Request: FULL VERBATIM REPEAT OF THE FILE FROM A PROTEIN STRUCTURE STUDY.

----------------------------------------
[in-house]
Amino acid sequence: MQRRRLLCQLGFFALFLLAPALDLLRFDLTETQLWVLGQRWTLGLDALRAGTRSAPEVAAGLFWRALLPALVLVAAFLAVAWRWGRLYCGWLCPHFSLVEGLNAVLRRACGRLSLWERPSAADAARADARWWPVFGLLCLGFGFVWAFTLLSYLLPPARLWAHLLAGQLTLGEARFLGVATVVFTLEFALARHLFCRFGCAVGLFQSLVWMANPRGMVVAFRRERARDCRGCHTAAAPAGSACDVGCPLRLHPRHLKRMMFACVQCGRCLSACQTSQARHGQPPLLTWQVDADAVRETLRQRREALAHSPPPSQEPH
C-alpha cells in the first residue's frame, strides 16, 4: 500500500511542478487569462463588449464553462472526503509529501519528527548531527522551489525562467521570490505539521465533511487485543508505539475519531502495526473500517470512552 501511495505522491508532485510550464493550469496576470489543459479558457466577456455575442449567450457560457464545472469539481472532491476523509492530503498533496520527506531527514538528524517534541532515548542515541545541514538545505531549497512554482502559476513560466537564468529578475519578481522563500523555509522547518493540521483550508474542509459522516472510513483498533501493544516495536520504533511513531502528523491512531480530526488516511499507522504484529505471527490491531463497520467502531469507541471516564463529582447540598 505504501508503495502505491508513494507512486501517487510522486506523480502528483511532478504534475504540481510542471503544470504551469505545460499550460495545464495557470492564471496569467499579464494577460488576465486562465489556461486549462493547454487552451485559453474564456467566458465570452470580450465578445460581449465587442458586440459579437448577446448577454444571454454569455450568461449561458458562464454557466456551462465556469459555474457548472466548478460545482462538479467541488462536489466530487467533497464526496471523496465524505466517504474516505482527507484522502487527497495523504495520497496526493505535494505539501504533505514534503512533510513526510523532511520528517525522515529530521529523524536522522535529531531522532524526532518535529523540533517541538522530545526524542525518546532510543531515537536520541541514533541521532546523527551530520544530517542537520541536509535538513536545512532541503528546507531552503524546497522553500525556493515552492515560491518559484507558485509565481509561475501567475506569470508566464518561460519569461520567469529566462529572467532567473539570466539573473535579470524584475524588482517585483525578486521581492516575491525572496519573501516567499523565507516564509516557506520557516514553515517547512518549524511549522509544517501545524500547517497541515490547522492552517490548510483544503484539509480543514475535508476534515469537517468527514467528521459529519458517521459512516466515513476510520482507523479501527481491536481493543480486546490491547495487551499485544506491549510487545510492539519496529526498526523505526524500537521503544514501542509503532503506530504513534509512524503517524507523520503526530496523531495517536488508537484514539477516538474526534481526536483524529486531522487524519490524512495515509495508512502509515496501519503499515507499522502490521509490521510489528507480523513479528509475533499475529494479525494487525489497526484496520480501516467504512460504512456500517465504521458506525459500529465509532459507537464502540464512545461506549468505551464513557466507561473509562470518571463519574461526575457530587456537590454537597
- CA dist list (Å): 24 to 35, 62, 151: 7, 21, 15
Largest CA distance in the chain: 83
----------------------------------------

[in-house]
Amino acid sequence: MQRRRLLCQLGFFALFLLAPALDLLRFDLTETQLWVLGQRWTLGLDALRAGTRSAPEVAAGLFWRALLPALVLVAAFLAVAWRWGRLYCGWLCPHFSLVEGLNAVLRRACGRLSLWERPSAADAARADARWWPVFGLLCLGFGFVWAFTLLSYLLPPARLWAHLLAGQLTLGEARFLGVATVVFTLEFALARHLFCRFGCAVGLFQSLVWMANPRGMVVAFRRERARDCRGCHTAAAPAGSACDVGCPLRLHPRHLKRMMFACVQCGRCLSACQTSQARHGQPPLLTWQVDADAVRETLRQRREALAHSPPPSQEPH
C-alpha cells in the first residue's frame, strides 16, 4: 500500500511542478487569462463588449464553462472526503509529501519528527548531527522551489525562467521570490505539521465533511487485543508505539475519531502495526473500517470512552 501511495505522491508532485510550464493550469496576470489543459479558457466577456455575442449567450457560457464545472469539481472532491476523509492530503498533496520527506531527514538528524517534541532515548542515541545541514538545505531549497512554482502559476513560466537564468529578475519578481522563500523555509522547518493540521483550508474542509459522516472510513483498533501493544516495536520504533511513531502528523491512531480530526488516511499507522504484529505471527490491531463497520467502531469507541471516564463529582447540598 505504501508503495502505491508513494507512486501517487510522486506523480502528483511532478504534475504540481510542471503544470504551469505545460499550460495545464495557470492564471496569467499579464494577460488576465486562465489556461486549462493547454487552451485559453474564456467566458465570452470580450465578445460581449465587442458586440459579437448577446448577454444571454454569455450568461449561458458562464454557466456551462465556469459555474457548472466548478460545482462538479467541488462536489466530487467533497464526496471523496465524505466517504474516505482527507484522502487527497495523504495520497496526493505535494505539501504533505514534503512533510513526510523532511520528517525522515529530521529523524536522522535529531531522532524526532518535529523540533517541538522530545526524542525518546532510543531515537536520541541514533541521532546523527551530520544530517542537520541536509535538513536545512532541503528546507531552503524546497522553500525556493515552492515560491518559484507558485509565481509561475501567475506569470508566464518561460519569461520567469529566462529572467532567473539570466539573473535579470524584475524588482517585483525578486521581492516575491525572496519573501516567499523565507516564509516557506520557516514553515517547512518549524511549522509544517501545524500547517497541515490547522492552517490548510483544503484539509480543514475535508476534515469537517468527514467528521459529519458517521459512516466515513476510520482507523479501527481491536481493543480486546490491547495487551499485544506491549510487545510492539519496529526498526523505526524500537521503544514501542509503532503506530504513534509512524503517524507523520503526530496523531495517536488508537484514539477516538474526534481526536483524529486531522487524519490524512495515509495508512502509515496501519503499515507499522502490521509490521510489528507480523513479528509475533499475529494479525494487525489497526484496520480501516467504512460504512456500517465504521458506525459500529465509532459507537464502540464512545461506549468505551464513557466507561473509562470518571463519574461526575457530587456537590454537597
- CA dist list (Å): 24 to 35, 62, 151: 7, 21, 15
Largest CA distance in the chain: 83